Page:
Sanctuary Cities Continue to Obstruct Enforcement, Threaten Public Safety
By Jessica Vaughan
December 14, 2016
Sanctuary jurisdictions remain a significant public safety problem throughout the country. About 300 jurisdictions have been identified by ICE as having a policy that is non-cooperative and obstructs immigration enforcement (as of September 2015). The number of cities has remained relatively unchanged since our last update in August 2016, as some new sanctuary jurisdictions have been added and few jurisdictions have reversed their sanctuary policies.
Over the 19-month period from January 1, 2014, to September 30, 2015, more than 17,000 detainers were rejected by these jurisdictions. Of these, about 11,800 detainers, or 68 percent, were issued for individuals with a prior criminal history.
According to ICE statistics, since the Obama administration implemented the new Priority Enforcement Program in July 2015 restricting ICE use of detainers, the number of rejected detainers has declined. However, the number of detainers issued by ICE also has declined in 2016, so it is not clear if the new policies are a factor. It is apparent that most of the sanctuary policies remain in place, raising concerns that the Priority Enforcement Program has failed as a response to the sanctuary problem, and has simply resulted in fewer criminal aliens being deported.
The Department of Justice's Inspector General recently found that some of the sanctuary jurisdictions appear to be violating federal law, and may face debarment from certain federal funding or other consequences.
The sanctuary jurisdictions are listed below. These cities, counties, and states have laws, ordinances, regulations, resolutions, policies, or other practices that obstruct immigration enforcement and shield criminals from ICE — either by refusing to or prohibiting agencies from complying with ICE detainers, imposing unreasonable conditions on detainer acceptance, denying ICE access to interview incarcerated aliens, or otherwise impeding communication or information exchanges between their personnel and federal immigration officers.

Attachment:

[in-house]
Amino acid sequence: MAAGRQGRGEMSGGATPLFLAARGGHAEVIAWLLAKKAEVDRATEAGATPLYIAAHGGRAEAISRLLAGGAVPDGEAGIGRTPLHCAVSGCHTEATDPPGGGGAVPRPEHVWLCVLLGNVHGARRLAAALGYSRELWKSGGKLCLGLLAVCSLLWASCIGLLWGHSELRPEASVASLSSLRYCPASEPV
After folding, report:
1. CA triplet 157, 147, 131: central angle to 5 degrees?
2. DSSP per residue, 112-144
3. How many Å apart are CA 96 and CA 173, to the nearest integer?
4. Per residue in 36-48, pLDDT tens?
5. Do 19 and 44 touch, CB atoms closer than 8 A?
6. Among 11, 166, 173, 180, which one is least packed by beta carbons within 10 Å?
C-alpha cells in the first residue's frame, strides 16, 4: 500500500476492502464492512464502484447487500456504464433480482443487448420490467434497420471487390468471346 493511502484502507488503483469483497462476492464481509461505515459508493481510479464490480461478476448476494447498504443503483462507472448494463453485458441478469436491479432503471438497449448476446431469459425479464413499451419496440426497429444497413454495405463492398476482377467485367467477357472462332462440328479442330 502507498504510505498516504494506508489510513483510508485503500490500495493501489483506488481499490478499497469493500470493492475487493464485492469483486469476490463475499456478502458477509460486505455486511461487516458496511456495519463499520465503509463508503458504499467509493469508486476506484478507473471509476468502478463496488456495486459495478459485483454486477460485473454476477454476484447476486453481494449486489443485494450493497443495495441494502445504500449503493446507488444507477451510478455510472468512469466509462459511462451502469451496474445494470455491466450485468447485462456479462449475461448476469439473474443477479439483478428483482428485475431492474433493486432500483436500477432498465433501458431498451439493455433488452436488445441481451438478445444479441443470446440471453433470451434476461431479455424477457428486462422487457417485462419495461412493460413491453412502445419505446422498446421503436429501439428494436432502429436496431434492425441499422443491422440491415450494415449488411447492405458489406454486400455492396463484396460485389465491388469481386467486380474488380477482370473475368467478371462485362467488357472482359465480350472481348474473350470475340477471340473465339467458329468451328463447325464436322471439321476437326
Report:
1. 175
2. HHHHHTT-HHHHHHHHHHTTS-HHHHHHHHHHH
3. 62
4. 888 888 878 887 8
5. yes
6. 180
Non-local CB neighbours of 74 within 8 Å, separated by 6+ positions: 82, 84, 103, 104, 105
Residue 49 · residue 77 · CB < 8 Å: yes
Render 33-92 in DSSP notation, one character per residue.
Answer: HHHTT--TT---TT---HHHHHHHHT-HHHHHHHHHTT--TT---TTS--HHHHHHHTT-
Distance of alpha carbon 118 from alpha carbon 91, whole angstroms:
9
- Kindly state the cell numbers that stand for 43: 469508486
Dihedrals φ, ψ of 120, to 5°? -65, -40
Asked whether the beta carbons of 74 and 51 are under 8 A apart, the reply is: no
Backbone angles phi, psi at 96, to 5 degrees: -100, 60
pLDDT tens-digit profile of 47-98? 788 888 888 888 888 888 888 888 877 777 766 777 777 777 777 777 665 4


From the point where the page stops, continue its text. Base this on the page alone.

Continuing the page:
A detainer is the primary tool used by ICE to gain custody of criminal aliens for deportation. It is a notice to another law enforcement agency that ICE intends to assume custody of an alien and includes information on the alien's previous criminal history, immigration violations, and potential threat to public safety or security.
The Center’s last map update reflected listings in an ICE report that was originally published by the Texas Tribune, with a few additions and changes resulting from the Center’s research.
California, Connecticut, New Mexico, Colorado
Cities and Counties
California (in addition to all counties)
Contra Costa County
Los Angeles County
San Bernardino County
San Diego County
San Francisco County
San Mateo County
Santa Ana (New)
Santa Clara County
Santa Cruz County
Colorado (in addition to all counties)
Aurora Detention Center
San Miguel County
Connecticut (in addition to state LEAs)
New Haven County
New London County
Palm Beach County
Prince George's County
New Mexico (in addition to all counties)
Dona Ana County
Rio Arriba County
San Miguel County
Santa Fe County
New York City
St. Lawrence County
North Dakota State Penitentiary
South West Multiple County Corrections Center
Hood River County
Oregon State Correctional Institution
Springfield Police Department
Bradford County (New)
Bucks County (New)
Butler County (New)
Clarion County (New)
Erie County (New)
Lebanon County (New)
Lycoming County (New)
Montour County (New)
Perry County (New)
Pike County (New)
Westmoreland County (New)
Rhode Island Department of Corrections
South Correctional Entity (SCORE) Jail, King County
Walla Walla County
Washington State Corrections
The Center for Immigration Studies is an independent, non-partisan, non-profit research organization founded in 1985.
It is the nation's only think tank devoted exclusively to research and policy analysis of the economic, social, demographic,
fiscal, and other impacts of immigration on the United States.